Cholesterol is a substance which is found in the body and in animal products, including meat, dairy, and eggs. It plays a vital role in producing hormones and vitamin D in the body, as well as in digesting fat through the production of bile. Although cholesterol is produced by the liver, additional cholesterol is introduced to the body through the diet. Cholesterol isn’t easy to mix with blood, and this means that it must be transported through the body by lipoproteins, particles which are both low and high in density. These are commonly referred to as LDL (low-density lipoproteins) and HDL (high-density lipoproteins), or “bad” and “good” cholesterol.
Although cholesterol is necessary for everyday bodily functions, excess cholesterol in the form of LDL can cause plaque to buildup in your arteries (known as atherosclerosis). This LDL is commonly linked to less-healthy sources of fat, including trans and saturated fat. On the other hand, HDL helps remove excess cholesterol in the body and is associated with healthy unsaturated fats. Although cholesterol – and cholesterol-rich foods – can be healthy, you must keep your cholesterol levels in check as they’re linked to increases in both strokes and heart disease. Aside from dietary sources, cholesterol can be lowered and kept at a healthy level through exercise and maintaining a healthy weight.
To maintain healthy cholesterol levels, you should limit how much LDL-rich foods you eat, regulate your intake of nutrient-rich HDL foods, and increase your dietary fiber. This is because fiber (particularly soluble fiber found in oats, fruits, and beans) can reduce the more damaging LDL levels. Unhealthy habits like smoking and sedentary, inactive lifestyles are also known to affect bad cholesterol, so a healthy diet must be matched with regular exercise. When it comes down to harmful cholesterol-rich foods, the following should be limited or avoided to maintain healthy cholesterol levels.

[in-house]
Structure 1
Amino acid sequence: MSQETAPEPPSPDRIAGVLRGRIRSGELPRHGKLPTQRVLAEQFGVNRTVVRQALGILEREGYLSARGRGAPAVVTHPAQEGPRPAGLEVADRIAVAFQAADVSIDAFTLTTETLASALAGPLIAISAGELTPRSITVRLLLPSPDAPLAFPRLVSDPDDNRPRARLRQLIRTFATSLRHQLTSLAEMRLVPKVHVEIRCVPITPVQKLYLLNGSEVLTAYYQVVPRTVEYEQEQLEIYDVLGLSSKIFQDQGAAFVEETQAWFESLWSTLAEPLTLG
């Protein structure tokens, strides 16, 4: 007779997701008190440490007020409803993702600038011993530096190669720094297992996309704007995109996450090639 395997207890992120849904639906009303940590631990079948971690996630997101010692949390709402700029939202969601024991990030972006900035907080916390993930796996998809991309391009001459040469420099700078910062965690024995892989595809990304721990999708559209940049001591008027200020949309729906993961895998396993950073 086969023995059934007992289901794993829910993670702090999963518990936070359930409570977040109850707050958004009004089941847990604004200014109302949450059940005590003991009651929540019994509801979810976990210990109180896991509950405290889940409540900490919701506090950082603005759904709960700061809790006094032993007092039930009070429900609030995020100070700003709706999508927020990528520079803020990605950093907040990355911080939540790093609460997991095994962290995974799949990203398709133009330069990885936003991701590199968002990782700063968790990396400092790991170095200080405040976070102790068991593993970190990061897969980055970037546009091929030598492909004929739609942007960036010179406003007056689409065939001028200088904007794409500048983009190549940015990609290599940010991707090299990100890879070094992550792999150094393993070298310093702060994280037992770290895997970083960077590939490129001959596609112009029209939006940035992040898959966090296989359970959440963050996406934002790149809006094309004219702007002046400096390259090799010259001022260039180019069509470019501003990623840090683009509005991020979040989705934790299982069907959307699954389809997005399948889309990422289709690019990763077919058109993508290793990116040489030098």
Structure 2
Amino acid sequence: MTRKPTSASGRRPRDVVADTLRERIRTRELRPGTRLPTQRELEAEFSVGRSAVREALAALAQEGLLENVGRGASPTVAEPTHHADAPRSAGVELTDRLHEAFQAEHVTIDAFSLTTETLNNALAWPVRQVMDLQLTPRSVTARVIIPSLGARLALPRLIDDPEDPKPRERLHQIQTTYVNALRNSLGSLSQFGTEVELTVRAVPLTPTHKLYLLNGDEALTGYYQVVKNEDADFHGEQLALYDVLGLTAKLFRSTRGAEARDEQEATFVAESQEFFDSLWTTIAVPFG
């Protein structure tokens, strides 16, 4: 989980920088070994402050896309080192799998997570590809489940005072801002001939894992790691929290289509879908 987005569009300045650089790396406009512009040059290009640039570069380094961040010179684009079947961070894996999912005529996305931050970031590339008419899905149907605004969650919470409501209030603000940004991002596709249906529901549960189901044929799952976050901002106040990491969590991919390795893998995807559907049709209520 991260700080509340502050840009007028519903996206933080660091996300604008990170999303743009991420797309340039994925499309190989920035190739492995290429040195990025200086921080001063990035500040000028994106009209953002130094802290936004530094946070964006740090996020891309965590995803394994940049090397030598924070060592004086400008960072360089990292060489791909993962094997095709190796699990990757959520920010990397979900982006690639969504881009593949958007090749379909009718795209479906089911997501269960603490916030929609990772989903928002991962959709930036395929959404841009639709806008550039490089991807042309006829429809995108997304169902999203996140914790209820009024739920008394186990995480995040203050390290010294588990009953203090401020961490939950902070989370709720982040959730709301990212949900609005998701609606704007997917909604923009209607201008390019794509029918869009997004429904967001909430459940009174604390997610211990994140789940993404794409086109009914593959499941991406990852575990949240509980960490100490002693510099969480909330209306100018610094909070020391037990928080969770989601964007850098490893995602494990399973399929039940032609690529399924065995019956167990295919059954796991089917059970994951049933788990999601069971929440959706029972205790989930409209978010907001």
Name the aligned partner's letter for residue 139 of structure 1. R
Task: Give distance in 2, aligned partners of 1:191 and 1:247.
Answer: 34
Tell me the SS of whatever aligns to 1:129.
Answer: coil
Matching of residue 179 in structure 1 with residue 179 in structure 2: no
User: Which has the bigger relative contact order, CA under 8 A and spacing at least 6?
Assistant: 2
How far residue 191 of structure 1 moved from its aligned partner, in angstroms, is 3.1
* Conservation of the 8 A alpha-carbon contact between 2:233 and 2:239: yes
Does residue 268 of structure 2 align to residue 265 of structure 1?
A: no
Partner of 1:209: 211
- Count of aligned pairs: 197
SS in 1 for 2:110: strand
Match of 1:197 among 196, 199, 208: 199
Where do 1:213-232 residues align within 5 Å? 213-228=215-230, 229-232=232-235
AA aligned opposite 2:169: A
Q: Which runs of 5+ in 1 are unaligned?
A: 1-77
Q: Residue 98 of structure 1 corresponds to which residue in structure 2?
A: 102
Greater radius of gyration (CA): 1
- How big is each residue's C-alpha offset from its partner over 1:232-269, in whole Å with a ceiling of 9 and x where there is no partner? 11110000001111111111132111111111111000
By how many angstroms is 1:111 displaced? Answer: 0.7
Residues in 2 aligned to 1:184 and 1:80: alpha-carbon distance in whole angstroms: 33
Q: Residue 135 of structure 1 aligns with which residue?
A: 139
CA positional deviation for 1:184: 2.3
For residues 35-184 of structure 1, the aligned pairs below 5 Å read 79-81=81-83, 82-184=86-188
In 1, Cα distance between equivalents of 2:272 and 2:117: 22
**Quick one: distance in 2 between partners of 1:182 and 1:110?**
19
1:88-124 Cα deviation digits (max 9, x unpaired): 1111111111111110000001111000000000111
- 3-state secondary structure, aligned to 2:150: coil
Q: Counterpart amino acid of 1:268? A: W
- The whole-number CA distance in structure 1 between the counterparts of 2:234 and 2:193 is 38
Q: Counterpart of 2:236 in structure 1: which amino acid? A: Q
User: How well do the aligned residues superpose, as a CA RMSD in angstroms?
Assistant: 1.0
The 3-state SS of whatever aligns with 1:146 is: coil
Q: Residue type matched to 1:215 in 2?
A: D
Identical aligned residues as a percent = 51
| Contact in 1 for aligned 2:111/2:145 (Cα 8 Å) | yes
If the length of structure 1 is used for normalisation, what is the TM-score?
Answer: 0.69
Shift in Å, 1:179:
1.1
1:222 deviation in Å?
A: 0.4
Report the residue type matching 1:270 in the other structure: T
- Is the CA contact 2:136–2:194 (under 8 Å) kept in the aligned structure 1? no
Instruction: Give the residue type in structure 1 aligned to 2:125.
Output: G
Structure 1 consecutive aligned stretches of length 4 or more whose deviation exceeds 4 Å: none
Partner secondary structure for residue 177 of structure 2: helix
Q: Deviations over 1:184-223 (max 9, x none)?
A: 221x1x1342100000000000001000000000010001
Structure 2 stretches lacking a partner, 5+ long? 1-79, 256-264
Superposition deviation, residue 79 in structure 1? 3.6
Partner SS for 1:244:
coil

1. Fried Foods
Fried foods, particularly deep-fried meat, are typically very high in LDL cholesterol and are to be avoided as much as possible. Not only are fried foods highly calorific, but they are also loaded with trans fats, which increase the risk of heart-related diseases. Although cholesterol is only present in animal products, that doesn’t make deep-fried vegetables much healthier – they still contain the same trans fats that cause a host of health issues.
2. Fast Food
Although there are some relatively healthy fast food chains out there, the typical fast food restaurant serves food that is high in cholesterol, sugar, fat, and salt. All of these are detrimental to your health. This is because fast food meat is typically heavily processed and deep-fried. Fast food should be avoided, and you should opt for healthier alternatives. The frequency of fast food takeaway meal consumption by a population is well known to have a strong link with obesity.
3. Processed Meats
As with fast food, processed meat should be avoided. This includes everything from sausages and hot dogs to corned beef and canned meats. Processed meat is generally higher in bad cholesterol and has been linked with certain cancers and heart disease when consumed regularly. Instead, opt for cleaner cuts of meat, seafood and plenty of leafy greens. In drastic instances, a vegan diet is often recommended as a means of cutting out cholesterol entirely.
4. Fatty Desserts
Cookies, cakes, and cream-based desserts are loaded with sugar, cholesterol, and are high in fat. Although you cannot escape the occasional slice of cake, frequently indulging in desserts will cause both weight gain and health decline in the long run. For one, sugar intake is strongly linked to diabetes and heart disease, as well as certain cancers.
Curries often provide a double whammy of cholesterol-loaded content. Cooked in butter or ghee and containing a host of meats, rich curries can be a particularly poor dietary choice when you are looking to lower your cholesterol. This is especially so if consumed regularly.
Although most people needn’t cut down on good cholesterol like eggs, shellfish and other seafood, those at a higher risk of cardiovascular disease or with a fatty heart may be advised to eat less than 200 mg of cholesterol a day, no matter the source. Although diet is very important in reducing cholesterol levels, physical activity and weight loss are also vital to living a long and healthy life.
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